Art and Design
About Our Art and Design Curriculum
Art and Design Curriculum
Art is carried out through our creative curriculum subjects. This encourages children to develop their artistic and creative abilities within the whole of the creative curriculum and cross curricular areas. We ensure the children experience a wide range of opportunities to develop a breadth of art techniques and skills. They are also encouraged to plan and to manipulate a range of materials so that they can develop skill and originality. Children are encouraged to evaluate and appreciate their own work and the work of others in order to develop their appreciation of the arts. We are committed to the wider development of young people and encourage collaborations with professional artists and art organisations.
Purpose of study
Art, craft and design embody some of the highest forms of human creativity. A high-quality art and design education should engage, inspire and challenge pupils, equipping them with the knowledge and skills to experiment, invent and create their own works of art, craft and design. As pupils progress, they should be able to think critically and develop a more rigorous understanding of art and design. They should also know how art and design both reflect and shape our history, and contribute to the culture, creativity and wealth of our nation.
The national curriculum for art and design aims to ensure that all pupils:
- produce creative work, exploring their ideas and recording their experiences
- become proficient in drawing, painting, sculpture and other art, craft and design techniques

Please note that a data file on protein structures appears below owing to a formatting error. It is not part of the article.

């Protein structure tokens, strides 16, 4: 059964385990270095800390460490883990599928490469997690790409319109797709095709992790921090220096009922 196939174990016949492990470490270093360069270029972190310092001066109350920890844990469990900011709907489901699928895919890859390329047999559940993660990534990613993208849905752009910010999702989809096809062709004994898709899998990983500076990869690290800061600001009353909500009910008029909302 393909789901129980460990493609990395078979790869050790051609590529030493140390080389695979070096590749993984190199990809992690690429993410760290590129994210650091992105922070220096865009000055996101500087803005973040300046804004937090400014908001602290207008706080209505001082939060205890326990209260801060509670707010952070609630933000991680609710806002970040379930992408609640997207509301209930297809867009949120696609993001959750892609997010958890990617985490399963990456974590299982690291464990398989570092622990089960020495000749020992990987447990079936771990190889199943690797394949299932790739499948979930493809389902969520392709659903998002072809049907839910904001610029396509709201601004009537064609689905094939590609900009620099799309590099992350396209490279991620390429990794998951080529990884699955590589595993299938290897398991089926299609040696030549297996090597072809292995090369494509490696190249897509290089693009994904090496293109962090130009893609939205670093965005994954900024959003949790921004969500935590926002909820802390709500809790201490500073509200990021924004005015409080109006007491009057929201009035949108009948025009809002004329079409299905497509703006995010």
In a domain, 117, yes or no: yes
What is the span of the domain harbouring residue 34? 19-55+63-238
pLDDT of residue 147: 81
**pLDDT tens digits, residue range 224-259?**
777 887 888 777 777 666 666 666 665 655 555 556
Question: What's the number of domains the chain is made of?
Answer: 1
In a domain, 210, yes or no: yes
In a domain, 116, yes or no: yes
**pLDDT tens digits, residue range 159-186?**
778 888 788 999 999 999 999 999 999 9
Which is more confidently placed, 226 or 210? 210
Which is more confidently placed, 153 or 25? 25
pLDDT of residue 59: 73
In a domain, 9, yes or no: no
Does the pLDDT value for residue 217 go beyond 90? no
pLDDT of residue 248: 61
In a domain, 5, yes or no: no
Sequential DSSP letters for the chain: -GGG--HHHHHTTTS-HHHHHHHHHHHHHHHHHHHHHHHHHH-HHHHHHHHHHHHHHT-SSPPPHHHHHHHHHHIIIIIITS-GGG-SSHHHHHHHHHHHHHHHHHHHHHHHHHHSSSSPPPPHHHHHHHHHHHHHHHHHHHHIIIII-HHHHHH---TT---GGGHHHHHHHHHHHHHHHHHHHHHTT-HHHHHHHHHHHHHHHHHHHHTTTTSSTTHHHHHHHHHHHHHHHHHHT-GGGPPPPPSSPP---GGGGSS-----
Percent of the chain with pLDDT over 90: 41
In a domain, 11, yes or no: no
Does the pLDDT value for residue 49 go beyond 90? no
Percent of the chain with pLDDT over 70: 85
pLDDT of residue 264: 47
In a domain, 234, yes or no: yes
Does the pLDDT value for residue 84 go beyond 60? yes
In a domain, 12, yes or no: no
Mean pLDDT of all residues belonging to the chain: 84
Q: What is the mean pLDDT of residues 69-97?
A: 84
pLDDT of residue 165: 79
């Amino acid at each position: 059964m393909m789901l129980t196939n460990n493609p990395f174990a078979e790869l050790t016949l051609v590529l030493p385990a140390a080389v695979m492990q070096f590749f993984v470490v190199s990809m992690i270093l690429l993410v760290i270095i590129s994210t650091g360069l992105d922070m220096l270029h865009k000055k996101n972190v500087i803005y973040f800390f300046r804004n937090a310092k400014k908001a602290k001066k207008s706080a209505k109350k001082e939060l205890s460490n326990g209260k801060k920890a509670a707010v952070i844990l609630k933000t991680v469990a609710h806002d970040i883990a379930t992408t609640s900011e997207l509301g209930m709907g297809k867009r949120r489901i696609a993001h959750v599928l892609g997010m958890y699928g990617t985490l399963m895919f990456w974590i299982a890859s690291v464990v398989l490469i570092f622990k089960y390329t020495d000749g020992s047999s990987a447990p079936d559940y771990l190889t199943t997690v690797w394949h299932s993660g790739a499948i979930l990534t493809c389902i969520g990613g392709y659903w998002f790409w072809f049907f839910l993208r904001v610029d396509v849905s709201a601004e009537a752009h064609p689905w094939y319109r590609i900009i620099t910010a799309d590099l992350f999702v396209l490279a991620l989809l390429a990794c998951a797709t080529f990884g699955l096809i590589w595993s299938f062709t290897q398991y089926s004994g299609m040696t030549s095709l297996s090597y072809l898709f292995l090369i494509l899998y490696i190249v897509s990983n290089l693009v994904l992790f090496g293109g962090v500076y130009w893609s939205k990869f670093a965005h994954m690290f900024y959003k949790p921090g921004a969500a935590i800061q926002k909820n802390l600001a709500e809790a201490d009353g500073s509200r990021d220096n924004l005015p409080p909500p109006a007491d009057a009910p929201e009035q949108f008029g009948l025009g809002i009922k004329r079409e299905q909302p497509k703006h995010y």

- evaluate and analyse creative works using the language of art, craft and design
- know about great artists, craft makers and designers, and understand the historical and cultural development of their art forms
By the end of each key stage, pupils are expected to know, apply and understand the matters, skills and processes specified in the relevant programme of study.
Key Stage 1
Pupils are taught:
- to use a range of materials creatively to design and make products
- to use drawing, painting and sculpture to develop and share their ideas, experiences and imagination
- to develop a wide range of art and design techniques in using colour, pattern, texture, line, shape, form and space
- about the work of a range of artists, craft makers and designers, describing the differences and similarities between different practices and disciplines, and making links to their own work.
Key Stage 2
Pupils are taught to develop their techniques, including their control and their use of materials, with creativity, experimentation and an increasing awareness of different kinds of art, craft and design.
Pupils are taught:
- to create sketch books to record their observations and use them to review and revisit ideas
- to improve their mastery of art and design techniques, including drawing, painting and sculpture with a range of materials (e.g. pencil, charcoal, paint, clay)
- about great artists, architects and designers in history.
To kick off Year 4's Road Trip of the USA, we celebrated all things USA with a day of American art and Summer Camp activities. We tie dyed tees, wove friendship bracelets, made S'mores, explored the 50 states, and created abstract art in the style of Jackson Pollock....
Class 4 were inspired by the patterns they'd noticed on Viking jewelry, shields, and motifs. Following some further research using a range of secondary sources, the pupils designed their repeating pattern using a geometric, or linear process. Then, after lots of...
For the last two weeks Year 1 have been working hard preparing for a toy picnic. We have written invitations, menus, and shopping lists and even decided which of our precious toys we might bring with us....
As part of our Great Fire of London topic we learnt new colour mixing skills. We spent time investigating how to mix primary colours to make secondary colours and how using white and black could change the shade of the colours. Using these new skills we produced...
Money, money, money. Year 4 used a range of sources to research Roman coins. We discovered that Roman coins reflected famous people, landmarks, and events from across the era. Many wealthy Romans would mint coins so the Roman people knew their face; Emperors weren't...